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Fun With The Metronome – Play Right On, Ahead, Behind

  

            Yes I know, playing with a metronome can be about as exciting as watching paint dry or watching the grass grow. Here’s a different challenge to try when playing with a metronome. Set your metronome to a medium tempo. Somewhere around 80 – 112 should do it depending on your current abilities. Now choose a one-measure sequence to work with. This could be a short riff, lick, scale pattern etc. For our example I’ll say we’re playing eighth notes using a minor pentatonic scale pattern. Play the scale so that the eighths are “locked in” to the tempo. You should be playing the downbeats exactly on the click. So much so, that the sound of the metronome virtually disappears, the sound of the notes you’re playing buries it. Now, without stopping, “push” those eighth notes so that they occur ever so slightly before the click. This is called “playing in front of the beat”. Believe it or not, it helps if you lean your body (or at least your head) forward while playing in front of the beat. Now let’s bring the beat back to center or “locked in”. Now, the other way. Pull those eighth noted slightly “behind the beat”. Your downbeats should sound ever so slightly after the click of the metronome.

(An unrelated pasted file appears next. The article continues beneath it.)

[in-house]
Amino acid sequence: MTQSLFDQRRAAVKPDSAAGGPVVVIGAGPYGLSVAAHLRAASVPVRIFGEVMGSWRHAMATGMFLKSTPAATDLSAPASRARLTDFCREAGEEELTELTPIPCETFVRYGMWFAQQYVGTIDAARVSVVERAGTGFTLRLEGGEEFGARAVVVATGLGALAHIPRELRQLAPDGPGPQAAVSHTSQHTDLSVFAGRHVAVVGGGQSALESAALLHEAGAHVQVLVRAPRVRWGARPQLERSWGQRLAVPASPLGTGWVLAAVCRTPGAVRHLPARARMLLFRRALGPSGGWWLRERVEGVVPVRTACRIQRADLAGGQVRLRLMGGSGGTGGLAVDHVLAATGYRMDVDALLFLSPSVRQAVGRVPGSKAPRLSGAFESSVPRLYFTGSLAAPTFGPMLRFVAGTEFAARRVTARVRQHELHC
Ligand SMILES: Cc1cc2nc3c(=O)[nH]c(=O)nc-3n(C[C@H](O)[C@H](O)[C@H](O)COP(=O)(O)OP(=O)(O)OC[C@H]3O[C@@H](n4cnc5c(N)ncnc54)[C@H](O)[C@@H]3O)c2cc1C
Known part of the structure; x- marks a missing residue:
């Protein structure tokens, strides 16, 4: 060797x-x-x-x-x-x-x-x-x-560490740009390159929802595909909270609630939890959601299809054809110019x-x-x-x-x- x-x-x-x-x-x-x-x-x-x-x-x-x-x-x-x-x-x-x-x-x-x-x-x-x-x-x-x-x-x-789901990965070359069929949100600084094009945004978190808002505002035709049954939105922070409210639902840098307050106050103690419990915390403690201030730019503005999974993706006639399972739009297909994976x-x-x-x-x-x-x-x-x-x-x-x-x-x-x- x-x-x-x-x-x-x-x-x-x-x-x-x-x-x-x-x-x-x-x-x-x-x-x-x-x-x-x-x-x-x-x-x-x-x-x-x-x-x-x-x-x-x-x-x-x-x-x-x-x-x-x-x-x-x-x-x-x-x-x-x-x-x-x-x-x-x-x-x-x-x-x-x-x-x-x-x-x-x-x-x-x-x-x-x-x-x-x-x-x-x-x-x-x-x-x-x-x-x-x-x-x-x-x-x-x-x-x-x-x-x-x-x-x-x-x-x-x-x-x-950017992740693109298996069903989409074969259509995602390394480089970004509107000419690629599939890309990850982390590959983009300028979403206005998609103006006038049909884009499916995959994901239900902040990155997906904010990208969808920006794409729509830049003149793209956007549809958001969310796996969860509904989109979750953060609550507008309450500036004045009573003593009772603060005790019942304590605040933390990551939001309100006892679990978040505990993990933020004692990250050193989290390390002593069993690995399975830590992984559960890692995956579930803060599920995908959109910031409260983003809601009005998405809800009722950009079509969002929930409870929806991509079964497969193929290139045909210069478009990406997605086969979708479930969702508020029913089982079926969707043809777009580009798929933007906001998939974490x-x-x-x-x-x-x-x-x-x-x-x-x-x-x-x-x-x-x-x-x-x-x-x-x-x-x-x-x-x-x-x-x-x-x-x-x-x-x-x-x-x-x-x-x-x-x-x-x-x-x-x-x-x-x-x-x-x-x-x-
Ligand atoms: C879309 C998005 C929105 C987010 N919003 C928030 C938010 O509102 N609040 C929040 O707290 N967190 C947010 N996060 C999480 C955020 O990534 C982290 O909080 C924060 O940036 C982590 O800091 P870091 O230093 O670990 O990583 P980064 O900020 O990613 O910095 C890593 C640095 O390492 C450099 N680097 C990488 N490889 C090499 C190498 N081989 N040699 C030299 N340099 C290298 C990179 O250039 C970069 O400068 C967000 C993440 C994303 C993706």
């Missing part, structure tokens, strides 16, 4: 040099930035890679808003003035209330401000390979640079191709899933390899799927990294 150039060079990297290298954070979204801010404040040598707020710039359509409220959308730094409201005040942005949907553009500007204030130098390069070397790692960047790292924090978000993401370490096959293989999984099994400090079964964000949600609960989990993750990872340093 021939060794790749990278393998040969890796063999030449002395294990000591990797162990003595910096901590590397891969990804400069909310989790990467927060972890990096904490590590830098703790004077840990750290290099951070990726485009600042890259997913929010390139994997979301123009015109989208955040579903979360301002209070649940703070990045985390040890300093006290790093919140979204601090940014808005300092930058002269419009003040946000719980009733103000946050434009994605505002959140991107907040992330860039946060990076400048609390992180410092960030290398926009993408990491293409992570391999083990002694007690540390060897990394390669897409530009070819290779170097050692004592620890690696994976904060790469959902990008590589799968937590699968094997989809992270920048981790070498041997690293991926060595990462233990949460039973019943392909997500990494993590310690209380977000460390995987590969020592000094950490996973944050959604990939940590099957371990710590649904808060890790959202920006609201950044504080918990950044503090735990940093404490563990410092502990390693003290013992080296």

If you can start playing locked in, push a little ahead of the beat, then pull back and play behind the beat, you will gain a strong control of timing, groove and feel. This is a difficult challenge. Take some time with it. For a great example of playing behind the beat, listen to the way John Bonham plays drums, or Lenny Kravitz for that matter. It adds a really cool feel to the groove. Playing ahead of the beat adds a feel of anticipation and urgency. Try them all! Have fun and good luck with it! 

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